The Observership Program: a new boardroom pathway


    The Observership Program gives aspiring directors an opportunity to observe boardroom life up close. Directors share their experiences and tips for getting that crucial first board role.

    Look and learn

    How do young aspiring directors get a seat at the board table? It can be a challenge building the right experience and skills without being on an actual board. The board Observership Program offers real-world director experience on not-for-profit boards to aspiring directors aged between 25 and 40, giving them a chance to learn and see if they really do want that seat at the table.

    Program founder and chair Jonathan Gavshon was an investment banker at JPMorgan in New York when he came across a program offering the chance to witness the workings of a not-for-profit board. “There weren’t many reasons I could justify to my boss as to why I should leave the trading floor on a regular basis,” he says. “But this one resonated with him because he saw it as a career development opportunity and a chance for me to see how decisions are made at a higher level.”

    Gavshon got so much out of being an observer on the board of Jewish Education of Greater New York, including the satisfaction of contributing to the NFP sector in a meaningful way, that he set about replicating the program when he returned to Australia. The Observership Program began in Sydney in 2014, and in Melbourne in 2017. This year there will be 137 participants and expansion opportunities are being considered, says program CEO Cathy Robinson MAICD. The 12-month program aims to develop the next generation of leaders in the NFP sector by combining the practical experience of observing a board while learning about the theoretical side of a directorship.

    “Being an observer means having a seat at every boardroom meeting, reviewing the board packs and having the ability to contribute to boardroom discussions where appropriate,” notes Gavshon.

    “The only thing they don’t have is a constitutional right to vote,” he adds.

    Getting involved

    Observing boardroom processes, interpersonal dynamics and the nuances of decision-making helps build greater awareness and understanding of the practice of directorship. Brett Moore, chair of Victoria’s State Sport Centres Trust, which participates in the program, says that for his organisation, the value also lies in gaining access to a talent pool of future directors.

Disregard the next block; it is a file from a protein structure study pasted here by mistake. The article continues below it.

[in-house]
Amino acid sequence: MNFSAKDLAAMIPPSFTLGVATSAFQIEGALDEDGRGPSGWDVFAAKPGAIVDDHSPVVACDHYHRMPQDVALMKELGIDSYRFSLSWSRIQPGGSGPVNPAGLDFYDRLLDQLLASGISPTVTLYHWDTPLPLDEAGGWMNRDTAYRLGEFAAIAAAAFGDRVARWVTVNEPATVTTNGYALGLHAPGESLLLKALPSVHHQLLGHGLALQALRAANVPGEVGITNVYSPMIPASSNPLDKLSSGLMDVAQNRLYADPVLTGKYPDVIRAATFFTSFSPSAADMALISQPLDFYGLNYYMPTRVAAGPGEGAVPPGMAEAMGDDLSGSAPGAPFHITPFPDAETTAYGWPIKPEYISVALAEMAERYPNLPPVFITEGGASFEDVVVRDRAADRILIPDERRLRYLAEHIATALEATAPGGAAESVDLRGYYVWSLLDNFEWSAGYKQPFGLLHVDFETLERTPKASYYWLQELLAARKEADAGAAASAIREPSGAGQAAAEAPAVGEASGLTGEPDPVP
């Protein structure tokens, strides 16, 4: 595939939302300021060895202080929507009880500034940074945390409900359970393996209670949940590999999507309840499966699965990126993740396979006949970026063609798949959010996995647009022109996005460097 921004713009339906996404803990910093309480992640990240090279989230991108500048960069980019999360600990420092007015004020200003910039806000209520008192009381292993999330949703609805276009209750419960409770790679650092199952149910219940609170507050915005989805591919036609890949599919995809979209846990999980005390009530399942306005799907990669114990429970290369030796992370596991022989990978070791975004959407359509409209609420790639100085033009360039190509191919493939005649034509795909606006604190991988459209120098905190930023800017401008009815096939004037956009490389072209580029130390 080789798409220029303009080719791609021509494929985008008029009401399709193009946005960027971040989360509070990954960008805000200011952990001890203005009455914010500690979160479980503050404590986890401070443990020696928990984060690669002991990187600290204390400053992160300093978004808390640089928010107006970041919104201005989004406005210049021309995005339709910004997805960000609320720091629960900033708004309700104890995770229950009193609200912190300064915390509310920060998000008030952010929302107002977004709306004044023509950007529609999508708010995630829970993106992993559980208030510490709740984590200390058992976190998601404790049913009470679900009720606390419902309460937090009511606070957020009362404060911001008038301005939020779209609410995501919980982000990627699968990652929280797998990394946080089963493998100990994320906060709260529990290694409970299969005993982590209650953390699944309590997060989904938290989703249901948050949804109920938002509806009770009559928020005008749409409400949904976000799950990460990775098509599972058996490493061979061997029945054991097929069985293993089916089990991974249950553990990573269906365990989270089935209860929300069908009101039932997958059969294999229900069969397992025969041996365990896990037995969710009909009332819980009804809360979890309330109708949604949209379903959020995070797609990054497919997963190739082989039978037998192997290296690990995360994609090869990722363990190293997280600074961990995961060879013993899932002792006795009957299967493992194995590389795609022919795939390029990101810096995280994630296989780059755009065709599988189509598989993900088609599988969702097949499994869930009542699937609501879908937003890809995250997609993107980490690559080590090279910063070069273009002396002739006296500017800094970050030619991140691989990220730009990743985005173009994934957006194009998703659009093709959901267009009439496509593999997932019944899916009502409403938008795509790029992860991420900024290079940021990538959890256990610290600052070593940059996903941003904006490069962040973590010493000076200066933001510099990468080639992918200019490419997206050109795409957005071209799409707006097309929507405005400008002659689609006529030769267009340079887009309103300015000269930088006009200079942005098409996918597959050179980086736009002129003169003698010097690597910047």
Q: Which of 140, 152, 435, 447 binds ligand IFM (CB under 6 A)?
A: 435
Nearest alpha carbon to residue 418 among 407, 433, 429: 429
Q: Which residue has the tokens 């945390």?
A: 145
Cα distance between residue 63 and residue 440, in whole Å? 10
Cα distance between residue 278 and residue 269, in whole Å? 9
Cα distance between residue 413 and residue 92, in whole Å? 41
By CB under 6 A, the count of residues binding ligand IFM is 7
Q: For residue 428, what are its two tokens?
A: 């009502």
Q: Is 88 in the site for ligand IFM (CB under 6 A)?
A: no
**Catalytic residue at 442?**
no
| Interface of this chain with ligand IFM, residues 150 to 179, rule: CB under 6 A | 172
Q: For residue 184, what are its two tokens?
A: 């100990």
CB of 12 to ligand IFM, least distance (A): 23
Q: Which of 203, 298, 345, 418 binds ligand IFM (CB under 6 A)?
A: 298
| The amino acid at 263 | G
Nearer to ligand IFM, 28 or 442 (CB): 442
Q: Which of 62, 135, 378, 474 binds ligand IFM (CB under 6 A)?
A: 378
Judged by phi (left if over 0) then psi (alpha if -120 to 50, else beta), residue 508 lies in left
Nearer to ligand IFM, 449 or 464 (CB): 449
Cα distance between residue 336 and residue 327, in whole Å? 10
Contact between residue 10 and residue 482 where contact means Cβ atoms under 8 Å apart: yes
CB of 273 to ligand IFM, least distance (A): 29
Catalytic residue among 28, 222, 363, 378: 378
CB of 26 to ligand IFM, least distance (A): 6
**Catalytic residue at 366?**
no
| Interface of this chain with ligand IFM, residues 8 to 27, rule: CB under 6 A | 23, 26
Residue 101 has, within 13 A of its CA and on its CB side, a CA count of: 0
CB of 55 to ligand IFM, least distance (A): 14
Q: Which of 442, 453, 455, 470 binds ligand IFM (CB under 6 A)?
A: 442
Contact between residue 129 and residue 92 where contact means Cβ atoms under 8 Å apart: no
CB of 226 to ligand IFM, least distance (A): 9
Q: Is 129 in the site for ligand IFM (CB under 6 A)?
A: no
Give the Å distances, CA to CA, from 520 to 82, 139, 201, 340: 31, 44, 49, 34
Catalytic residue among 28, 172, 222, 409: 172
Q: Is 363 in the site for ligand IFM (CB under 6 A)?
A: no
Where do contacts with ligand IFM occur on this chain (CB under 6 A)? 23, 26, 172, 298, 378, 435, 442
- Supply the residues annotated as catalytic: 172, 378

“I encourage them to not just be observers, but to offer their perspective,” says Moore. “They have carte blanche to participate in conversations.”

    It also enables organisations to tap into a younger, more diverse cohort of talent. Participants come from a variety of professional backgrounds, and 65 per cent are female. The organisation also has partnerships with groups such as the Asian Leadership Program to broaden the pool of potential candidates. “Those who come into the organisation may not necessarily be steeped in the history of the industry we work within, but they come with great credentials,” says Moore. “They bring fresh insights we have found to be highly valuable.” Gavshon agrees. “Our starting premise was boardrooms are predominantly pale, male and stale. The program brings diversity on multiple fronts.”

    Along with taking part in board subcommittees, there is also the potential to get involved in strategic projects — something Philip Benedetti did in 2017 as an observer on the Melbourne Writers’ Festival (MWF) board.

    “The chair at the time, Michael Webster, made it clear while recruiting me that he wanted someone who would contribute like a board member,” says Benedetti. “I attended every board meeting and was asked to share my opinions. The biggest contribution I made was running the two-day strategy offsite.”

    Benedetti made flying trips from Sydney to attend board meetings in Melbourne and juggled the new commitments with his workload as a partner at Boston Consulting Group (BCG). “The additional element for this to be successful was that BCG fully supported me,” he says. “It is a serious time commitment and your company needs to be comfortable with that.”

    At the end of the program, Benedetti was offered a position on MWF’s board, and BCG has participated in the program every year since.v

    “You can theorise about what boards do, but until you’re actually in the meetings, you have no idea how the sausage gets made,” he says. “It was a wonderful, eye-opening experience.”

    Board Level podcast series

    The AICD has teamed up with the Commonwealth Bank’s Women in Focus to produce a podcast series featuring tips and stories from leading female directors. Board Level features interviews by journalist/author Catherine Fox with six Australian women making an impact in the boardroom.